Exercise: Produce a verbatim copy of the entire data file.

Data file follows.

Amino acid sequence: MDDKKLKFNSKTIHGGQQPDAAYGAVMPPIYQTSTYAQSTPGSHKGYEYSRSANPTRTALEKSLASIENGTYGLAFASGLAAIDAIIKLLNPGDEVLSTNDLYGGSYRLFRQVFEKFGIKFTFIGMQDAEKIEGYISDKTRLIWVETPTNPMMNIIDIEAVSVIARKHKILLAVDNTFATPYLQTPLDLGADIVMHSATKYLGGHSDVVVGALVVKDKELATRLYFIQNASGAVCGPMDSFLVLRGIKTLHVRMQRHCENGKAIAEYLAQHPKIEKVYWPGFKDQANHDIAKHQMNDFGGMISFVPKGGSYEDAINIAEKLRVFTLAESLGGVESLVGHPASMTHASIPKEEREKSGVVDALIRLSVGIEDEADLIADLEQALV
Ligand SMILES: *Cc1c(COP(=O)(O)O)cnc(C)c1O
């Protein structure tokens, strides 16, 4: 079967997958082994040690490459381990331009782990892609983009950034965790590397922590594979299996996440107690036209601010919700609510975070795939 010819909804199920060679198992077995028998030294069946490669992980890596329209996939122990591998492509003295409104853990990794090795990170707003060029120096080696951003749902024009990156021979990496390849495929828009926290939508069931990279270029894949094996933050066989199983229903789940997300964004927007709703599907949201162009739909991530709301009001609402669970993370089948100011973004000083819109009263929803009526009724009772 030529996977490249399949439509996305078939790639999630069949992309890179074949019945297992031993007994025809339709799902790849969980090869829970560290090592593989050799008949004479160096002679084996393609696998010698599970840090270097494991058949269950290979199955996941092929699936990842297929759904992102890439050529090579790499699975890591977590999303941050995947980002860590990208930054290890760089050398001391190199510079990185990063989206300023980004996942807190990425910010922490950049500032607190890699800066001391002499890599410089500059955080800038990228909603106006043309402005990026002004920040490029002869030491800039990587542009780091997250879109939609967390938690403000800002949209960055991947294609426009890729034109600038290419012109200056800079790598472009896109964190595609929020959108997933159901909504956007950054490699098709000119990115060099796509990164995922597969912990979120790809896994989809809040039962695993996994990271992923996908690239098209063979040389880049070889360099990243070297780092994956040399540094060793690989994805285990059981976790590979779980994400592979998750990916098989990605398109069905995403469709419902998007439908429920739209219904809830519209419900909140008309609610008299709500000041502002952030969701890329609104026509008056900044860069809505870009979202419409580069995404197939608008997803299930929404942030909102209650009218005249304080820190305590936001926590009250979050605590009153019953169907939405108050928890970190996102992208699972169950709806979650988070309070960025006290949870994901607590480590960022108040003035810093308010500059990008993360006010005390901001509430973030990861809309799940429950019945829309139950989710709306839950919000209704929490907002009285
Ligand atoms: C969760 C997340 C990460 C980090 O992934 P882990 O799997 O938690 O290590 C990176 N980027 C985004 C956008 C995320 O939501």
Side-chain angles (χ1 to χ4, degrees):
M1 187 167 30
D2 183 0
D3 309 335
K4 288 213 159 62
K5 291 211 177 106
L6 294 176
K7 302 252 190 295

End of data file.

Amino acid sequence: MDDKKLKFNSKTIHGGQQPDAAYGAVMPPIYQTSTYAQSTPGSHKGYEYSRSANPTRTALEKSLASIENGTYGLAFASGLAAIDAIIKLLNPGDEVLSTNDLYGGSYRLFRQVFEKFGIKFTFIGMQDAEKIEGYISDKTRLIWVETPTNPMMNIIDIEAVSVIARKHKILLAVDNTFATPYLQTPLDLGADIVMHSATKYLGGHSDVVVGALVVKDKELATRLYFIQNASGAVCGPMDSFLVLRGIKTLHVRMQRHCENGKAIAEYLAQHPKIEKVYWPGFKDQANHDIAKHQMNDFGGMISFVPKGGSYEDAINIAEKLRVFTLAESLGGVESLVGHPASMTHASIPKEEREKSGVVDALIRLSVGIEDEADLIADLEQALV
Ligand SMILES: *Cc1c(COP(=O)(O)O)cnc(C)c1O
């Protein structure tokens, strides 16, 4: 079967997958082994040690490459381990331009782990892609983009950034965790590397922590594979299996996440107690036209601010919700609510975070795939 010819909804199920060679198992077995028998030294069946490669992980890596329209996939122990591998492509003295409104853990990794090795990170707003060029120096080696951003749902024009990156021979990496390849495929828009926290939508069931990279270029894949094996933050066989199983229903789940997300964004927007709703599907949201162009739909991530709301009001609402669970993370089948100011973004000083819109009263929803009526009724009772 030529996977490249399949439509996305078939790639999630069949992309890179074949019945297992031993007994025809339709799902790849969980090869829970560290090592593989050799008949004479160096002679084996393609696998010698599970840090270097494991058949269950290979199955996941092929699936990842297929759904992102890439050529090579790499699975890591977590999303941050995947980002860590990208930054290890760089050398001391190199510079990185990063989206300023980004996942807190990425910010922490950049500032607190890699800066001391002499890599410089500059955080800038990228909603106006043309402005990026002004920040490029002869030491800039990587542009780091997250879109939609967390938690403000800002949209960055991947294609426009890729034109600038290419012109200056800079790598472009896109964190595609929020959108997933159901909504956007950054490699098709000119990115060099796509990164995922597969912990979120790809896994989809809040039962695993996994990271992923996908690239098209063979040389880049070889360099990243070297780092994956040399540094060793690989994805285990059981976790590979779980994400592979998750990916098989990605398109069905995403469709419902998007439908429920739209219904809830519209419900909140008309609610008299709500000041502002952030969701890329609104026509008056900044860069809505870009979202419409580069995404197939608008997803299930929404942030909102209650009218005249304080820190305590936001926590009250979050605590009153019953169907939405108050928890970190996102992208699972169950709806979650988070309070960025006290949870994901607590480590960022108040003035810093308010500059990008993360006010005390901001509430973030990861809309799940429950019945829309139950989710709306839950919000209704929490907002009285
Ligand atoms: C969760 C997340 C990460 C980090 O992934 P882990 O799997 O938690 O290590 C990176 N980027 C985004 C956008 C995320 O939501």
Side-chain angles (χ1 to χ4, degrees):
M1 187 167 30
D2 183 0
D3 309 335
K4 288 213 159 62
K5 291 211 177 106
L6 294 176
K7 302 252 190 295